Cinco de Mayo Down Under: What’s it all about?

If you're bummed about the fact that Christmas, New Year’s and the Easter long weekend celebrations have ended, then we totally understand. But fear not, fiesta lovers, because there's another awesome holiday just around the corner - Cinco de Mayo!

What is Cinco de Mayo?

Cinco de Mayo - Spanish for the fifth of May - is a Mexican holiday that celebrates the country's victory over the French army at the Battle of Puebla in 1862. It's a relatively minor holiday in Mexico, but in recent years it has become increasingly popular in other parts of the world, particularly the United States and Australia, for its association with partying.

But before we launch into the different types of Cinco de Mayo celebrations Down Under, let's backtrack a bit. This holiday is after all rooted in history, so it's worth diving into that before we get carried away doing La Cucaracha.

The history of Cinco de Mayo

Cinco de Mayo commemorates the Battle of Puebla, which took place on May 5th, 1862. In the 1860s, Mexico was in the midst of a civil war and the new republican government was struggling to maintain control.

France, meanwhile, saw an opportunity to expand its empire and intervened on behalf of the Mexican conservatives. The French army was significantly larger and better equipped than the Mexican forces. According to historical records, their numbers were over 6,000 while the Mexicans had just a couple of thousand inexperienced and poorly equipped soldiers.

In spite of the seemingly insurmountable odds, the Mexican army under the leadership of General Ignacio Zaragoza Seguín managed to defeat the French. This victory was a significant morale boost for the republicans and helped turn the tide of the war. Now, Cinco de Mayo is celebrated as a national holiday in Mexico. It's a day off work for federal employees and there are usually military parades, re-enactments of the Battle of Puebla and other festivities.

Why is it so popular in Australia?

Why is this patriotic Mexican holiday so popular in Australia though? Well, it’s because the history behind Cinco de Mayo is a tale about an underdog. And nobody likes a good underdog story more than us Aussies, right?

We love the battler, the average bloke or sheila, the punter who had nothing to lose and everything to gain. Think Cathy Freeman at the Sydney Olympics or cult Australian speed skater Steven Bradbury, who famously won gold at the 2002 Winter Olympics in Salt Lake City after all his competitors crashed out.

Australia is a nation enamoured by the legend of the underdog, so it’s no surprise that Cinco de Mayo has become a popular celebration Down Under. Plus, let's not forget either that Australians just love Mexican culture. There are Mexican restaurants and food trucks on almost every corner, and we can't get enough of their delicious cuisine (fish tacos, anyone?).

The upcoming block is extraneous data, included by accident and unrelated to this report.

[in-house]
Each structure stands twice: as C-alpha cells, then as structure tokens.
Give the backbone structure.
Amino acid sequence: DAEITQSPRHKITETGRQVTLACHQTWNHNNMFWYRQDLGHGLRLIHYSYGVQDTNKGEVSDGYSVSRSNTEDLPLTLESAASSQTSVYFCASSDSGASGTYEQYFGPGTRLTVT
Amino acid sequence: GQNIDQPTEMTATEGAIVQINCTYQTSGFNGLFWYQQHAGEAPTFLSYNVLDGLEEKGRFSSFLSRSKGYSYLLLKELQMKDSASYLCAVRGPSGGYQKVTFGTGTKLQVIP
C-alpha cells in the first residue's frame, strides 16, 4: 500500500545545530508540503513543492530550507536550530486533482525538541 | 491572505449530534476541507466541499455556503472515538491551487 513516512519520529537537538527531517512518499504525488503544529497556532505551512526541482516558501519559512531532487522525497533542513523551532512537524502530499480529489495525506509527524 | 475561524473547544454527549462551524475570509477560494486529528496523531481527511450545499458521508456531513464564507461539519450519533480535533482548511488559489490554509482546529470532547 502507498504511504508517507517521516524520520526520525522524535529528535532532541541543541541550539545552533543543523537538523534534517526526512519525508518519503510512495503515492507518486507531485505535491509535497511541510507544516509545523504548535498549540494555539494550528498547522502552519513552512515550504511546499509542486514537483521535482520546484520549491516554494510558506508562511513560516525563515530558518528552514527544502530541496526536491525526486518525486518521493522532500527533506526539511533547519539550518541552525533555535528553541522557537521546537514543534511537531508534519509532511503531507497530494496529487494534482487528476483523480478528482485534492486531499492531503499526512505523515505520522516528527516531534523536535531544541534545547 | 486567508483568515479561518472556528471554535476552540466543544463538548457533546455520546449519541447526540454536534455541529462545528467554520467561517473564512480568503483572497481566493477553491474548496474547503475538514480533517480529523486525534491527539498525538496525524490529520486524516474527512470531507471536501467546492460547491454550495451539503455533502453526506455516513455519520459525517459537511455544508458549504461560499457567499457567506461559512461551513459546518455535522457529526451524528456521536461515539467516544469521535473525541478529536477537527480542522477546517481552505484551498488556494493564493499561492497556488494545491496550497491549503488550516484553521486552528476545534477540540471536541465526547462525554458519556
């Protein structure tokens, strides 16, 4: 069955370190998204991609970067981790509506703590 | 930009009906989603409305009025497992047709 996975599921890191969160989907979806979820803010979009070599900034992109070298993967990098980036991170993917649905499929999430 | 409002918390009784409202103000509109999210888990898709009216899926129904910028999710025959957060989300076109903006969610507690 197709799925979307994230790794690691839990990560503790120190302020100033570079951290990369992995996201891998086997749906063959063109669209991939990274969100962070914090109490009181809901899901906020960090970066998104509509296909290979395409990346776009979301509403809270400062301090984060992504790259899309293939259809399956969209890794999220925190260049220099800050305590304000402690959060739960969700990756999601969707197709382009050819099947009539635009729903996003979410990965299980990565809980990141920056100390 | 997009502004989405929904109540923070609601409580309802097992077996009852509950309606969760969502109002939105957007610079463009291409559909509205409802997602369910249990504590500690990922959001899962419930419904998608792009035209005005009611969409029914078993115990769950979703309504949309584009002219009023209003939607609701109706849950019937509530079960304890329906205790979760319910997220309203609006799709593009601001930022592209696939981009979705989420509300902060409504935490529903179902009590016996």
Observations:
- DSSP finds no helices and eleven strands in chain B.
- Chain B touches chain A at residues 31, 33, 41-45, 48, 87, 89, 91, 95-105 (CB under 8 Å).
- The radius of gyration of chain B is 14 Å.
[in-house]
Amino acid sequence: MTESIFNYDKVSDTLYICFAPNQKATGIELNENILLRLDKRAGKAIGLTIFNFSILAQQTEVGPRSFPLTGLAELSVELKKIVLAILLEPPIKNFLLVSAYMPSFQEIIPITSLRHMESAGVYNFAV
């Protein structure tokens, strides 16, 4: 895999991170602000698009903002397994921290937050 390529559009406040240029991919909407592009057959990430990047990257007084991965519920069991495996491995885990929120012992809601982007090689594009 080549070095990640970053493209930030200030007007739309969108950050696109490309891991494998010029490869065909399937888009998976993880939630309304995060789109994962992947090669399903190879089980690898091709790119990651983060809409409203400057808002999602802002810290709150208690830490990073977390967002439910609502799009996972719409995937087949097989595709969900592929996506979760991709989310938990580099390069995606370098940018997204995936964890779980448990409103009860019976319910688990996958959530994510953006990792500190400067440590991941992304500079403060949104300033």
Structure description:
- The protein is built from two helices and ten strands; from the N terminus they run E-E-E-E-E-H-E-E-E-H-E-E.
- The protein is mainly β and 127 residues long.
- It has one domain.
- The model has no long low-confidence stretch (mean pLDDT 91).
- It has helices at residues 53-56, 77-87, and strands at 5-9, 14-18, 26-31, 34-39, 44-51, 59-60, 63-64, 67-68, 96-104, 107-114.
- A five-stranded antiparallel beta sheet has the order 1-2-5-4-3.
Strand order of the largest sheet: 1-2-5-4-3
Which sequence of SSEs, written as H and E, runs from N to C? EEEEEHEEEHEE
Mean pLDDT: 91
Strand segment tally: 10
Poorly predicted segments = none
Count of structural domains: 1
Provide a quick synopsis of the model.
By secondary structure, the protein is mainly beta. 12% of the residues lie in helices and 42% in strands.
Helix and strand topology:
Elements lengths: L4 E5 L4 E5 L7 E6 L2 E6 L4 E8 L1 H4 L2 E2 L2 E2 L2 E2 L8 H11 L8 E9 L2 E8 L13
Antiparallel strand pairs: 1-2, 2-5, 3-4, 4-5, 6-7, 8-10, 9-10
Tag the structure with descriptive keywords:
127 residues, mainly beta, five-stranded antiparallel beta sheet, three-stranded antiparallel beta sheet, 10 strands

Oh... and don't even get us started on Margaritas! Not only do they make tequila enjoyable, but they're practically a necessity for any rager - just ask Kev the eucalyptus-tequila loving koala.

Cinco de Mayo celebrations in Australia

If all of this talk about Cinco de Mayo has you feeling festive, then you’ll be pleased to know that there are heaps of things you can do to celebrate the fifth of May.

You could organise a Mexican-themed fiesta at your house, complete with Mexican food, margaritas and mariachi music. Or you could check out one of the Cinco de Mayo happenings at your local Mexican taqueria or margarita bar - there's guaranteed to be one in every capital city.

Cinco de Mayo traditions

For those of you who are looking to really get into the Cinco de Mayo spirit, there are a few traditional Mexican games that are often played during celebrations.

First up is loteria, which is similar to bingo. The game is usually played with a deck of 54 cards, each of which has a different image on it. These images represent different things, such as animals, plants or everyday objects. To play loteria, each player is dealt three cards. One player starts by calling out the name of an image, such as “el gallo” (the rooster). The next player then looks at their cards to see if they have that image. If they do, they cover it with a chip or bean. The first player to cover all of their images wins the game.

Another popular Cinco de Mayo game is piñata bash. This is a fun game for kids and adults alike! To play, you will need a piñata in the shape of an animal, star or other fun object. The piñata is filled with sweets, small toys and other treats. The game starts with the piñata being hung from a tree or ceiling. The players take turns hitting the piñata with a stick while blindfolded. Once the piñata is broken open, the players race to see who can gather the most goodies.

So there you have it - a little taste of Cinco de Mayo in Australia! Whether you choose to celebrate with a margarita in hand or by playing some traditional Mexican games, we hope you have a fantastic fifth of May.


Feliz Cinco de Mayo from Fair Go!

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